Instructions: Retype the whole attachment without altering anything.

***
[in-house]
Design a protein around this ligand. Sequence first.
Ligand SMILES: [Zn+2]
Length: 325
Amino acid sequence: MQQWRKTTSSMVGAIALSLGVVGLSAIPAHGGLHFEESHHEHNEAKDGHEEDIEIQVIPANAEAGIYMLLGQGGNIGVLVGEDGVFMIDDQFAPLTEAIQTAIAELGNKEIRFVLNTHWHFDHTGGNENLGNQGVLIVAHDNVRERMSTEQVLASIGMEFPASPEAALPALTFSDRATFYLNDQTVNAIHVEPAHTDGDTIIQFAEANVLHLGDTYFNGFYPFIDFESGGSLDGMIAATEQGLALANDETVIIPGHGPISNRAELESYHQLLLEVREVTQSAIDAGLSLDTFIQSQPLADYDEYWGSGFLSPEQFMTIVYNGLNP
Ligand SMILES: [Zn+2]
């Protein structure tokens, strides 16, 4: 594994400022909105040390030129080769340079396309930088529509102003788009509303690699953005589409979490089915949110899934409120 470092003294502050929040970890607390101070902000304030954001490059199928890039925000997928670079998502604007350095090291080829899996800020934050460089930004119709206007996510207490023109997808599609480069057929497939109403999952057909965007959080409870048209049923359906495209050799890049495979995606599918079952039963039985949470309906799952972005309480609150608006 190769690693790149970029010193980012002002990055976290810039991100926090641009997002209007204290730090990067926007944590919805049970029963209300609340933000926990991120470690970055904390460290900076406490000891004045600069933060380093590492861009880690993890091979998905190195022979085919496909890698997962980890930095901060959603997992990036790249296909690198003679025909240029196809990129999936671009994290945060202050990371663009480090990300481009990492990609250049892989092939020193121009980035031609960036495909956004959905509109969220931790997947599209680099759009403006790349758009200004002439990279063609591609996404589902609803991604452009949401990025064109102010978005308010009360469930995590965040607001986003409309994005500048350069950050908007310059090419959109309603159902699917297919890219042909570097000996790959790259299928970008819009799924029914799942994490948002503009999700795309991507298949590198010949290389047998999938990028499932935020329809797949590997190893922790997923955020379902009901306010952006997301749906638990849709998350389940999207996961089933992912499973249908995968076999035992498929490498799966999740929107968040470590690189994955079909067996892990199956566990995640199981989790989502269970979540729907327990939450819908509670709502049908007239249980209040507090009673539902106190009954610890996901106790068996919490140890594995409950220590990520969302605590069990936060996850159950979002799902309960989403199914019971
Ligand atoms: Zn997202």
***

[in-house]
Design a protein around this ligand. Sequence first.
Ligand SMILES: [Zn+2]
Length: 325
Amino acid sequence: MQQWRKTTSSMVGAIALSLGVVGLSAIPAHGGLHFEESHHEHNEAKDGHEEDIEIQVIPANAEAGIYMLLGQGGNIGVLVGEDGVFMIDDQFAPLTEAIQTAIAELGNKEIRFVLNTHWHFDHTGGNENLGNQGVLIVAHDNVRERMSTEQVLASIGMEFPASPEAALPALTFSDRATFYLNDQTVNAIHVEPAHTDGDTIIQFAEANVLHLGDTYFNGFYPFIDFESGGSLDGMIAATEQGLALANDETVIIPGHGPISNRAELESYHQLLLEVREVTQSAIDAGLSLDTFIQSQPLADYDEYWGSGFLSPEQFMTIVYNGLNP
Ligand SMILES: [Zn+2]
């Protein structure tokens, strides 16, 4: 594994400022909105040390030129080769340079396309930088529509102003788009509303690699953005589409979490089915949110899934409120 470092003294502050929040970890607390101070902000304030954001490059199928890039925000997928670079998502604007350095090291080829899996800020934050460089930004119709206007996510207490023109997808599609480069057929497939109403999952057909965007959080409870048209049923359906495209050799890049495979995606599918079952039963039985949470309906799952972005309480609150608006 190769690693790149970029010193980012002002990055976290810039991100926090641009997002209007204290730090990067926007944590919805049970029963209300609340933000926990991120470690970055904390460290900076406490000891004045600069933060380093590492861009880690993890091979998905190195022979085919496909890698997962980890930095901060959603997992990036790249296909690198003679025909240029196809990129999936671009994290945060202050990371663009480090990300481009990492990609250049892989092939020193121009980035031609960036495909956004959905509109969220931790997947599209680099759009403006790349758009200004002439990279063609591609996404589902609803991604452009949401990025064109102010978005308010009360469930995590965040607001986003409309994005500048350069950050908007310059090419959109309603159902699917297919890219042909570097000996790959790259299928970008819009799924029914799942994490948002503009999700795309991507298949590198010949290389047998999938990028499932935020329809797949590997190893922790997923955020379902009901306010952006997301749906638990849709998350389940999207996961089933992912499973249908995968076999035992498929490498799966999740929107968040470590690189994955079909067996892990199956566990995640199981989790989502269970979540729907327990939450819908509670709502049908007239249980209040507090009673539902106190009954610890996901106790068996919490140890594995409950220590990520969302605590069990936060996850159950979002799902309960989403199914019971
Ligand atoms: Zn997202």